Recently I’ve been playing with the Kafka Connect HDFS Connector as a means to get data from Kafka to HDFS. It’s a Kafka connector provided by the Confluent folks, and it’s a important part of their streaming data platform offering. You can’t call it ETL these days, but you can refer to it as building scalable ETL Pipelines.
Some history maybe? The Confluent platform already included Camus as a means to get data out of Kafka onto HDFS. It does the job, I can confirm. But what used to be LinkedIn’s Camus is being phased out and replaced by Goblin, the universal data ingestion framework for Hadoop. And since the release of Apache Kafka 0.9.0.0, there is Kafka Connect.
So why is this such an important part of a streaming data platform? At least 2 reasons come to mind: integration and analytics.
Kafka connectors enable the integration of existing enterprise datasources with Kafka, thus exposing existing systems as event data streams. It replaces all what has previously been integrated using custom ETL flows based on some technique of change data capture. The second kind of integration allows to offload Kafka events to other systems. The Kafka Connect HDFS Connector for example offloads Kafka events to HDFS. It can be a means to provide a backup, to archive historical data or to expose a copy of a stream of data in a more traditional (filesystem-like, batch processing) way.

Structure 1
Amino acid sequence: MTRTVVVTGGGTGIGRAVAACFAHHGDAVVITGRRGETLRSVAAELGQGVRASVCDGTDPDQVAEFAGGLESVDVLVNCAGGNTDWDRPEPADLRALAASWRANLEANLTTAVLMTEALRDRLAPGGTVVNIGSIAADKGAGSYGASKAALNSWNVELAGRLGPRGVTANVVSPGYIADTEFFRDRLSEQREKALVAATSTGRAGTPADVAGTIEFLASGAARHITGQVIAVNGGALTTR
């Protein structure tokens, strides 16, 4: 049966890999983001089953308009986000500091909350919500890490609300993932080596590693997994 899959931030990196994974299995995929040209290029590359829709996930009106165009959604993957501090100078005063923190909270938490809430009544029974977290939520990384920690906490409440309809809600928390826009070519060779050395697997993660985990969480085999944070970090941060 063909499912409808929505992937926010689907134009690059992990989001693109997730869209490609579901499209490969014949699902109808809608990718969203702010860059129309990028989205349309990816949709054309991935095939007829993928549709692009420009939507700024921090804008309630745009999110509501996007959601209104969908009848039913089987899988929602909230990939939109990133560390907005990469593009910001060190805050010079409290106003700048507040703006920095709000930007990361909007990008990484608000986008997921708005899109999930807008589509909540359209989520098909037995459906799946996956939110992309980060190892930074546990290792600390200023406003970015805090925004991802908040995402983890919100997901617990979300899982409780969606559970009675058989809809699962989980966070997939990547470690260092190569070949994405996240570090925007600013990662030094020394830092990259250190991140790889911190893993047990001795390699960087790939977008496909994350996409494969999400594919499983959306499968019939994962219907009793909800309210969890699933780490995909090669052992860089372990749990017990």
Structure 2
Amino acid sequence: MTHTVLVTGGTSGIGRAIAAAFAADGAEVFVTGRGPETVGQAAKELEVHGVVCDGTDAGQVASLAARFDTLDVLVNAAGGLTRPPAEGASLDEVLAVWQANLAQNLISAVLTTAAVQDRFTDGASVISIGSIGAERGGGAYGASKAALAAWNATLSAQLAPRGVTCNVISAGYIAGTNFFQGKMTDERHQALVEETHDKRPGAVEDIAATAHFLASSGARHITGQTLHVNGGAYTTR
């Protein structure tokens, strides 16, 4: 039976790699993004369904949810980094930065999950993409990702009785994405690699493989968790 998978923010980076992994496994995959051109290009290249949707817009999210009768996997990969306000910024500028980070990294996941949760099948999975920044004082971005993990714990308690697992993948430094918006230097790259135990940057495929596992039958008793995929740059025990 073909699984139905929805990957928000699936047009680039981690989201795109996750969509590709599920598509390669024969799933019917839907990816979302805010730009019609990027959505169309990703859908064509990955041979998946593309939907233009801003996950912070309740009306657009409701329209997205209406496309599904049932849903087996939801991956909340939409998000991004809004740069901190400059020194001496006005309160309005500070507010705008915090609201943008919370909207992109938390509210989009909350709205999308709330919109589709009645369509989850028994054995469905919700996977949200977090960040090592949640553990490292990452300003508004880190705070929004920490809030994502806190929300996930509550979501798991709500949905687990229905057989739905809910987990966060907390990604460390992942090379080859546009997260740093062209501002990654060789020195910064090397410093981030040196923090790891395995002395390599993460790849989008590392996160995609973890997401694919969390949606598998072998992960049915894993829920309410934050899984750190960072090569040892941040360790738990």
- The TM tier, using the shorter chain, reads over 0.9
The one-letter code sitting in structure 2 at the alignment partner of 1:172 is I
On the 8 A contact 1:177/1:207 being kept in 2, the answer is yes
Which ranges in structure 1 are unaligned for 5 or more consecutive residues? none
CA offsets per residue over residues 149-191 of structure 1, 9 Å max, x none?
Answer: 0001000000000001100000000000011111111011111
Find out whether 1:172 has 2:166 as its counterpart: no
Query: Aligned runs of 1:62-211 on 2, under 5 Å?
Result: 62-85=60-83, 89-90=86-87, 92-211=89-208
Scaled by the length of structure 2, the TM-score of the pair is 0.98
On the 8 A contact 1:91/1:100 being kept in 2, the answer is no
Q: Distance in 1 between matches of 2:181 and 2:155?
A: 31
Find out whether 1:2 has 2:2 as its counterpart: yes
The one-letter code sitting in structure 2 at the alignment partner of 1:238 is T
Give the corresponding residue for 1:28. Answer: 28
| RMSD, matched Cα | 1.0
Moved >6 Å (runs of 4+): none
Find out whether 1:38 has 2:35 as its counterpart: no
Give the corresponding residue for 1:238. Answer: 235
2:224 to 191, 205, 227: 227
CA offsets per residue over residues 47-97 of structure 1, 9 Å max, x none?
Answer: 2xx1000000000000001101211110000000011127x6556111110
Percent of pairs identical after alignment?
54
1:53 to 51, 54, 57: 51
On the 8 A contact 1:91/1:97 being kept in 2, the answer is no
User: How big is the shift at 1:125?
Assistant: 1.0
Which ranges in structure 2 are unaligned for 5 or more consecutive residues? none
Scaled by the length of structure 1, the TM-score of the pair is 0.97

Unless your Kafka cluster is set to have unlimited log retention, data will be removed from it eventually. A full archive will often be required however when you explore or mine your data and create analytic jobs. Often those jobs don’t produce any meaningful results unless you already have some history of data available to run them on.
Kafka is an essential part of a streaming data platform, but it is not such a platform on its own. A true platform also requires tools to ingest and offload data, and an easily accessible, filesystem-like access to the entire data archive. That’s often HDFS, used to bootstrap your analytics jobs with, to mine and query, to use with 3rd party tools etc.
In short: the Kafka Connect HDFS Connector is an essential part of a streaming data platform, and as such it’s provided by Confluent as a part of its core platform. It’s an implementation of a Kafka Connector that serves the enterprise integration of a streaming data platform, but it’s also an internal component of the platform that enables offloading Kafka data to HDFS.